Let’s start at the very beginning
I was born in 1997…just kidding, we don’t need to start at the very beginning. We can skip to the end of 2020. I had just seen an ad on Instagram that piqued my interest. It was from a company called Sarah Turner Agency, and it was offering a course called Write Your Way to Freedom.
Write? Freedom? I loved writing, and I was looking for more freedom! You see, I had been working a 9-5 job, and even though I was working remotely, I still felt like my time wasn’t my own. So, I clicked on the link, signed up for the free masterclass, and then…I did nothing for a long time.
Let’s skip ahead even more to July 2021. I finally decided I was going to do something with that free masterclass I signed up for. I watched all the videos, took rigorous notes, and decided that I wanted to do something a little different than writing. I decided that I wanted to be an editor. Specifically, I wanted to be an editor for scientific professionals like researchers, professors, and other scientific writers. Claire Brown Agency was born, and I was winging it.
Final time-skip to July 2022. I completely rebranded and switched niches. It took me some time, but I finally feel like I’ve settled into my space here in the copyediting world. But along the way, I experienced a lot of disappointment and A LOT of trial and error. And I’m still learning more every day! If you’re new to starting out your business, I want to help you save some time by diving into 4 major mistakes I made when first starting my business and what you should do instead to avoid making them.
Mistake #1 – Playing it “safe” with my chosen niche
When I first started my business, I didn’t give a lot of thought to my niche. My background is in science; I have a bachelor’s degree in biomedical sciences and a master’s degree in pharmaceutical nanotechnology. It seemed like a no-brainer to focus on health sciences as my niche, and that’s as deeply as I thought about that.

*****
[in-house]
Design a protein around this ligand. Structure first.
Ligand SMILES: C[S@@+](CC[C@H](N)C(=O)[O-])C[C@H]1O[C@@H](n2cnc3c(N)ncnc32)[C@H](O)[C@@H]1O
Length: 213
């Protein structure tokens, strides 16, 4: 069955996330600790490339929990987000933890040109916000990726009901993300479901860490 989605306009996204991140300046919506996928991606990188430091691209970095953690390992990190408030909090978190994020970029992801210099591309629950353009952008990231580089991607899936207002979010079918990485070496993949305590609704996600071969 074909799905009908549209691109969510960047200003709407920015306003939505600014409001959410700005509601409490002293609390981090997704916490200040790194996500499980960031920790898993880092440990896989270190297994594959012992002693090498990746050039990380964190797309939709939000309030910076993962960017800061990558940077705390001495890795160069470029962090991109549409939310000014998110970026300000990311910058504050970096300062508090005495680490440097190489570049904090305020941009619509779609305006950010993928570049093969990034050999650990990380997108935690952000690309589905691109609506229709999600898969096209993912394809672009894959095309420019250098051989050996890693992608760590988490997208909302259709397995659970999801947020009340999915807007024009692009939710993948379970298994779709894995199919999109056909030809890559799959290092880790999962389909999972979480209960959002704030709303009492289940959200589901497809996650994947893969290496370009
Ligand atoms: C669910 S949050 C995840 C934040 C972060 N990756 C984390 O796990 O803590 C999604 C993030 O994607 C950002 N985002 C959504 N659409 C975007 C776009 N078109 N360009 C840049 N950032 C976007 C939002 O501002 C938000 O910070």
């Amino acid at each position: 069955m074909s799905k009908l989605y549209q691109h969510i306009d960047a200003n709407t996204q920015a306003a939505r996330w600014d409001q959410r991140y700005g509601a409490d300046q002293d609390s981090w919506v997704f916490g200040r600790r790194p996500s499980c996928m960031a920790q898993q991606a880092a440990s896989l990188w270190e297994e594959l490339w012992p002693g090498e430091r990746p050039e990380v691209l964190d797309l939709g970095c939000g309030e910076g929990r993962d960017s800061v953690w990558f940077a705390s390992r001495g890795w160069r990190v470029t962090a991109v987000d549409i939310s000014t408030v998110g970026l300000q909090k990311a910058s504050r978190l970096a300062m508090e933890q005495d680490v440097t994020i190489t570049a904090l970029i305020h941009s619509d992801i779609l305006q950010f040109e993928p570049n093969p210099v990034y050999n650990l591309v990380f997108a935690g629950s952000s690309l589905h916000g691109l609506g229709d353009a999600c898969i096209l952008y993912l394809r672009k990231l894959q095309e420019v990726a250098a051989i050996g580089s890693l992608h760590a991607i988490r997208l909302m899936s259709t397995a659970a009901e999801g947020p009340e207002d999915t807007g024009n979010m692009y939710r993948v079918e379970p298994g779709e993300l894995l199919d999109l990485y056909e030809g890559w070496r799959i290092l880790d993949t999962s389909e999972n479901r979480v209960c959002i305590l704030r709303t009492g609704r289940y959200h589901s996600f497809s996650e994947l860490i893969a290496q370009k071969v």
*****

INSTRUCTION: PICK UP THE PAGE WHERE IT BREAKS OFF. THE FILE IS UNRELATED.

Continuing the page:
I began to reach out to researchers and other scientific writers, mainly focusing on researchers, professors, and other scientific professionals that write research articles. I had read a lot of scientific articles and did see a need for editing services for scientific professionals, but what I didn’t think about was the stigma surrounding scientific writing.
If you’re not familiar with the world of academic writing, it’s a very prestigious process. And honestly, it should be because so. much. work. goes into performing the research, writing about it in a manuscript, and getting it published. The process can take years, so it should be a special process. But what I didn’t think about is the fact that, since it’s so prestigious, scientists are very picky about who gets to be a part of the process.
And I didn’t know how to earn their trust (see mistakes #2 and #3 for more on that).
So in July 2022, I decided to rebrand. At first, I thought I just wanted to target health science copywriters and other medical writers, but the more I actually did in-depth research into the world of copywriting, the more I came across the same problem. Copywriters, no matter their niche, didn’t have enough time. They wanted more free time to do other things (whether that was take on more clients, find a better work-life balance, or just take a freaking break).
And I knew I could help. I wanted to help. So, I rebranded, refocused, reflected, and now I’m certain that I’m in the right niche and helping the right people.
If I could offer one piece of advice to beginning business owners, it’s to do your research before you start your business. Know your market, and you won’t waste your valuable time like I did!
Mistake #2 – Sending out an unpersonalized email sequence as my opening cold email
In the beginning, my lead generation tactics were doodoo. I went for quantity over quality and started compiling thousands (yes, literally THOUSANDS) of professors’ and researchers’ email addresses. Then, to make my life easier, I decided to add them to an email list on MailChimp. I sent so many unpersonalized email sequences as my opening cold email.
And I probably ended up in so many trash cans and spam folders. I cringe just thinking about it, and if you were personally victimized by an early Claire Brown Agency cold email, I apologize.